4 Tips for Keeping Bugs and Pests Out of Your Dorm Room

Living in a dorm room is part of the quintessential college experience. It’s your first taste of living outside of your parent’s home and gives you a chance to taste freedom on a whole new level. You get the opportunity to live with another person your age, share the same experiences, set your own ground rules, and come and go when you please.

For all of the good that comes with living in your own space, being in a dorm room also has some responsibility attached to it. If you aren’t careful and proactive, bugs and pests will move in and call it home as well.

4 Tips for a Bug-Free Dorm Room

If you think about it, dorms aren’t the cleanest. Housing hundreds of young adults in close proximity for years at a time doesn’t exactly spell out sanitary. Apart from new construction, most dorms also have some issues – including problems that allow bugs and critters to find their way inside. Combine that with a lack of overall cleanliness from residents and you have a recipe for disaster.

The good news is that you do have some control over the state of your own room. If you and your roommate get on the same page, you should be able to keep bugs out and enjoy a clean, safe living environment. Here are some of the steps you’ll need to take:

1. Investigate Before Unpacking

“The best time to wage war on an intrusion is before it even starts,” blogger Cherise Threewitt advises. “As soon as you arrive in your new room, you should look carefully for any signs of a bug or rodent infestation. You’ll be able to see everything without any obstructions, and if there are any problems, they can be taken care of before bugs get a chance to nest in your stuff.”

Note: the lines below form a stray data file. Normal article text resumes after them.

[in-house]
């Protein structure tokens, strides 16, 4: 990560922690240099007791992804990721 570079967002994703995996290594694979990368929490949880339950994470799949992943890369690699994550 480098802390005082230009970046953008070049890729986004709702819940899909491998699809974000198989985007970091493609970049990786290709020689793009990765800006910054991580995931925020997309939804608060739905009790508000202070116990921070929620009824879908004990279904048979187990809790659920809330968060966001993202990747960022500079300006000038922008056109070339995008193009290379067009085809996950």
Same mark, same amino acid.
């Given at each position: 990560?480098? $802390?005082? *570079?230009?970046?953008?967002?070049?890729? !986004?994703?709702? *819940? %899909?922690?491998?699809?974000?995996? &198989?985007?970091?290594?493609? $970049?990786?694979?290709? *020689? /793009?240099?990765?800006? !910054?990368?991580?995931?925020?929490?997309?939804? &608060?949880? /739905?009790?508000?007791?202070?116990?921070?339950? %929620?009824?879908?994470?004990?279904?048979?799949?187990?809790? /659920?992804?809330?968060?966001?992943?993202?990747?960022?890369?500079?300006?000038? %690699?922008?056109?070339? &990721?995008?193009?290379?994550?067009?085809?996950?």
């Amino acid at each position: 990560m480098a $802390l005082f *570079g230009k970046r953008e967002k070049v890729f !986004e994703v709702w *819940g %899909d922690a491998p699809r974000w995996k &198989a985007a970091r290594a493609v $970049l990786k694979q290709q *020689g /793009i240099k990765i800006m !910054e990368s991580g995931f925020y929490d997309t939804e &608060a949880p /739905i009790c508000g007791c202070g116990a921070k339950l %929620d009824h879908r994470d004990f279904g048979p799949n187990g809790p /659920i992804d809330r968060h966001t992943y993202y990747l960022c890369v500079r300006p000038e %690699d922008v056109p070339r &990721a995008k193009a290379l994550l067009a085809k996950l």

This also pushes the responsibility for dealing with the bug infestation onto the dorm supervisor. You haven’t even moved in, so it isn’t your problem. They’ll either need to deal with it or put you in a new room.

2. Keep the Room Clean

Bugs like messes. Whether it’s leftover food, half-empty cans of soda, dirty clothes, or overflowing trash cans, clutter gives bugs something to hide in. Preventing trash and clutter from building up in your dorm room eliminates these opportunities and gives pests fewer places to call home. Your mother may not be around to remind you, but keep your room clean.

3. Think About What You Bring In

What are you bringing into your dorm room? While it’s nice to spruce up your room with some furniture and decorations, be wary of hauling in anything that could present an increased risk of an infestation. For example, thrift store furniture can be a good deal, but there’s typically a reason someone gave it away. Could it have bed bugs or other pests inside? Take extra precautions to make sure you aren’t unknowingly bringing bugs inside.

4. Deal With Pests ASAP

As soon as you notice that you have a bug problem, do something about it. Here are some suggestions for common pests:

  • Ants: Get rid of all food and clean up any substances that may be attracting them. Next, put out ant traps. These traps will actually attract the ants and they’ll carry the deadly poison inside back to the colony.
  • Moths: In some areas of the country, moths can be a big problem. If you notice a presence of them in your dorm room, invest in some non-toxic clothes moth traps and place them near the problem area. It’ll take a few weeks, but this should correct the problem.
  • Bed Bugs: If you see signs of a bed bug infestation, don’t try to handle it on your own. Immediately contact your dorm supervisor to handle the problem.

Get Ahead of the Game

You can’t let a minor bug problem become a major catastrophe. As soon as you detect the presence of bugs, be on the lookout for more. If you discover – as is often the case – that the bug isn’t there in isolation, you’ll want to take proactive measures to address the problem at the source. The sooner you do this, the better your results will be.